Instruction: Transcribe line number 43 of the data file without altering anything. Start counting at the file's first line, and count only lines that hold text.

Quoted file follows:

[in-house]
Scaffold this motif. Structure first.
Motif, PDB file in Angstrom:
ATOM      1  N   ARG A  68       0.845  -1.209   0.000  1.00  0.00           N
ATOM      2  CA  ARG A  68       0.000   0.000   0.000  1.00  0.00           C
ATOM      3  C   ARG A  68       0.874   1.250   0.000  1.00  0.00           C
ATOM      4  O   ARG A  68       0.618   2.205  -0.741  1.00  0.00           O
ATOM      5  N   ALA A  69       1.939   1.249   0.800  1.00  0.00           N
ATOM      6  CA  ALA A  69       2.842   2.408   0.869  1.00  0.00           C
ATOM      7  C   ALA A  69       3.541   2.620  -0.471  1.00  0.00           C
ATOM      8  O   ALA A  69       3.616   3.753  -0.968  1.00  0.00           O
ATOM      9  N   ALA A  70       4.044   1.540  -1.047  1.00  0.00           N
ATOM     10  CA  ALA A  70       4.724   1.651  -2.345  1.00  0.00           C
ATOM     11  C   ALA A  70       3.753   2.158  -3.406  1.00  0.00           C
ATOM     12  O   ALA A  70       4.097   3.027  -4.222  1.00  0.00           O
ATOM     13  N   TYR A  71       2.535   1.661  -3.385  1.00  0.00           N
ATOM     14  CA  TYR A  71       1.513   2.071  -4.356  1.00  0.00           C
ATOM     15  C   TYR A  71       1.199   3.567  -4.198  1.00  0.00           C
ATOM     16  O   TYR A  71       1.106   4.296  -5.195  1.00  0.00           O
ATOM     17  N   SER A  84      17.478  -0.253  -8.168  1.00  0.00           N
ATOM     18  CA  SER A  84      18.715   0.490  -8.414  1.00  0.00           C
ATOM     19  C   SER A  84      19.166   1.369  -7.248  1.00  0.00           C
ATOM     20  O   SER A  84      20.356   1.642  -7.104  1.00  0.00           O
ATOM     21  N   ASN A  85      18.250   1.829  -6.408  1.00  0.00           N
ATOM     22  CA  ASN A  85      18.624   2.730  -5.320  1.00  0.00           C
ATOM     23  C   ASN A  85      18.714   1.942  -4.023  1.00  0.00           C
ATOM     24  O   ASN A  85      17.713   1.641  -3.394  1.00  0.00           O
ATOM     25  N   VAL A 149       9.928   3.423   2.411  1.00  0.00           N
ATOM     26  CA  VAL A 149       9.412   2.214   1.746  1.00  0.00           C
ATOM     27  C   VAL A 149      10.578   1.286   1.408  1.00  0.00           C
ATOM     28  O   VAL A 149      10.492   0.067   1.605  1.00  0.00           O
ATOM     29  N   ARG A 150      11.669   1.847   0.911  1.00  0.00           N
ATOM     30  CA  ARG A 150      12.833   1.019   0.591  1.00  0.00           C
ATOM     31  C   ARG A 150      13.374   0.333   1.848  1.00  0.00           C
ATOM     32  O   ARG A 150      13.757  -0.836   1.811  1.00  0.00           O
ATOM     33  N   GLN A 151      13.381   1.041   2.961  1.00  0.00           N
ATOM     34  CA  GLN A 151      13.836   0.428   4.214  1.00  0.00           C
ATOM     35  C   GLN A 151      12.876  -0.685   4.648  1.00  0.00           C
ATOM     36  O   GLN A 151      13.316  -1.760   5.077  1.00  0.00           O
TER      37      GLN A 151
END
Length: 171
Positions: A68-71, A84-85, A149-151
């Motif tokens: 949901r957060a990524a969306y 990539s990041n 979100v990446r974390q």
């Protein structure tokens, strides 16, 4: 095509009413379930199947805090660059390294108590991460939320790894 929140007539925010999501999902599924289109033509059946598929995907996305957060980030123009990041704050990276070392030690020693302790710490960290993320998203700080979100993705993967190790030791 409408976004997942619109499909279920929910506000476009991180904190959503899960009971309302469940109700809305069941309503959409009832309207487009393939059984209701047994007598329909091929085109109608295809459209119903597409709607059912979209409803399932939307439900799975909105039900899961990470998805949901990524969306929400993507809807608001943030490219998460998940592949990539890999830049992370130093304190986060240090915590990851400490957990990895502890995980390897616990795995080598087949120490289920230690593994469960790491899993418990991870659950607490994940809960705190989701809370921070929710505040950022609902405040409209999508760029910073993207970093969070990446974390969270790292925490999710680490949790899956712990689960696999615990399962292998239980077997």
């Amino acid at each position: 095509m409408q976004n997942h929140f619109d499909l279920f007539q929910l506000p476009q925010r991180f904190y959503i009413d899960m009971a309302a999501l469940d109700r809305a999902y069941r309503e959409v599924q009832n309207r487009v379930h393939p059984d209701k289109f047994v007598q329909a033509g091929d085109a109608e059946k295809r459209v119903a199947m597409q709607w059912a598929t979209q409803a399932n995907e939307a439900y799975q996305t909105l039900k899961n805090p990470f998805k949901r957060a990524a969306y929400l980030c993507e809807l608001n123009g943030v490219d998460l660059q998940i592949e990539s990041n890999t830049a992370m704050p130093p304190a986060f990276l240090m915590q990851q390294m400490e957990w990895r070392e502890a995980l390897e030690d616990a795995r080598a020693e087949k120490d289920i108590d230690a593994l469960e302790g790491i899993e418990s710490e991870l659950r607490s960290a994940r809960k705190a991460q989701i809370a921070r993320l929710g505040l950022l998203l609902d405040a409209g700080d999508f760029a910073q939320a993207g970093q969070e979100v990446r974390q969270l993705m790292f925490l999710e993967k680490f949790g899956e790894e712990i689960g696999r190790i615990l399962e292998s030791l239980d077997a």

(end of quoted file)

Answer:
Positions: A68-71, A84-85, A149-151